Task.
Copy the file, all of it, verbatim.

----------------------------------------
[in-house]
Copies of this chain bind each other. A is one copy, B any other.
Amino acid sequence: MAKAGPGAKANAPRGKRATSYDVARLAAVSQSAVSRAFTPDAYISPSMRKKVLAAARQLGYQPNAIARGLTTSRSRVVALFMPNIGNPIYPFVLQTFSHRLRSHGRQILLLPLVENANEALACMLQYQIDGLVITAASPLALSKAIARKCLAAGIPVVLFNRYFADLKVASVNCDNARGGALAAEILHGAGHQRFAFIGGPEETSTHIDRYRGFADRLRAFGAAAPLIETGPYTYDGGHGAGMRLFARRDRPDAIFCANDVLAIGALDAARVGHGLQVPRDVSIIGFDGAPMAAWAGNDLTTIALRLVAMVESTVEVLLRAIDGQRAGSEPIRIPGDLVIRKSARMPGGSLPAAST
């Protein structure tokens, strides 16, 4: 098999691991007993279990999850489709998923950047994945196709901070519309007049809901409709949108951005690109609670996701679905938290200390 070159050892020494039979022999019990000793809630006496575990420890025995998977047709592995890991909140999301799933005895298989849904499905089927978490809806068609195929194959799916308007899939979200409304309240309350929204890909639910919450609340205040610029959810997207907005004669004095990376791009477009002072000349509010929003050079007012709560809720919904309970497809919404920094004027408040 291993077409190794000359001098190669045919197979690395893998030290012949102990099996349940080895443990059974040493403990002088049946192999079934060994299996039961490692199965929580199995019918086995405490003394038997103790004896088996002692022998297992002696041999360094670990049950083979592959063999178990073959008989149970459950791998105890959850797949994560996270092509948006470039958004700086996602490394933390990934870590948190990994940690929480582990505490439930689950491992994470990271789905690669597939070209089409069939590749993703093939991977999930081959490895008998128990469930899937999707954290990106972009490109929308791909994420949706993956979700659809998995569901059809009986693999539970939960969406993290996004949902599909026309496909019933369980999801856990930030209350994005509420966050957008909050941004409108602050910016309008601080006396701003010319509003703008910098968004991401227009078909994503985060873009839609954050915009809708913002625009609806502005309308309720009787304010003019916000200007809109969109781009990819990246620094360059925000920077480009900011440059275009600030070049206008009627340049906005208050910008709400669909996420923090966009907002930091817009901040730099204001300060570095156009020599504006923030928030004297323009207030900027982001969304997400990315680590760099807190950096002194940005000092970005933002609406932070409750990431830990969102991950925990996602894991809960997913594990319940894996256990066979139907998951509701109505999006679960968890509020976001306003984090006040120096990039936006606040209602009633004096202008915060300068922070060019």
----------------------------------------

[in-house]
Copies of this chain bind each other. A is one copy, B any other.
Amino acid sequence: MAKAGPGAKANAPRGKRATSYDVARLAAVSQSAVSRAFTPDAYISPSMRKKVLAAARQLGYQPNAIARGLTTSRSRVVALFMPNIGNPIYPFVLQTFSHRLRSHGRQILLLPLVENANEALACMLQYQIDGLVITAASPLALSKAIARKCLAAGIPVVLFNRYFADLKVASVNCDNARGGALAAEILHGAGHQRFAFIGGPEETSTHIDRYRGFADRLRAFGAAAPLIETGPYTYDGGHGAGMRLFARRDRPDAIFCANDVLAIGALDAARVGHGLQVPRDVSIIGFDGAPMAAWAGNDLTTIALRLVAMVESTVEVLLRAIDGQRAGSEPIRIPGDLVIRKSARMPGGSLPAAST
């Protein structure tokens, strides 16, 4: 098999691991007993279990999850489709998923950047994945196709901070519309007049809901409709949108951005690109609670996701679905938290200390 070159050892020494039979022999019990000793809630006496575990420890025995998977047709592995890991909140999301799933005895298989849904499905089927978490809806068609195929194959799916308007899939979200409304309240309350929204890909639910919450609340205040610029959810997207907005004669004095990376791009477009002072000349509010929003050079007012709560809720919904309970497809919404920094004027408040 291993077409190794000359001098190669045919197979690395893998030290012949102990099996349940080895443990059974040493403990002088049946192999079934060994299996039961490692199965929580199995019918086995405490003394038997103790004896088996002692022998297992002696041999360094670990049950083979592959063999178990073959008989149970459950791998105890959850797949994560996270092509948006470039958004700086996602490394933390990934870590948190990994940690929480582990505490439930689950491992994470990271789905690669597939070209089409069939590749993703093939991977999930081959490895008998128990469930899937999707954290990106972009490109929308791909994420949706993956979700659809998995569901059809009986693999539970939960969406993290996004949902599909026309496909019933369980999801856990930030209350994005509420966050957008909050941004409108602050910016309008601080006396701003010319509003703008910098968004991401227009078909994503985060873009839609954050915009809708913002625009609806502005309308309720009787304010003019916000200007809109969109781009990819990246620094360059925000920077480009900011440059275009600030070049206008009627340049906005208050910008709400669909996420923090966009907002930091817009901040730099204001300060570095156009020599504006923030928030004297323009207030900027982001969304997400990315680590760099807190950096002194940005000092970005933002609406932070409750990431830990969102991950925990996602894991809960997913594990319940894996256990066979139907998951509701109505999006679960968890509020976001306003984090006040120096990039936006606040209602009633004096202008915060300068922070060019």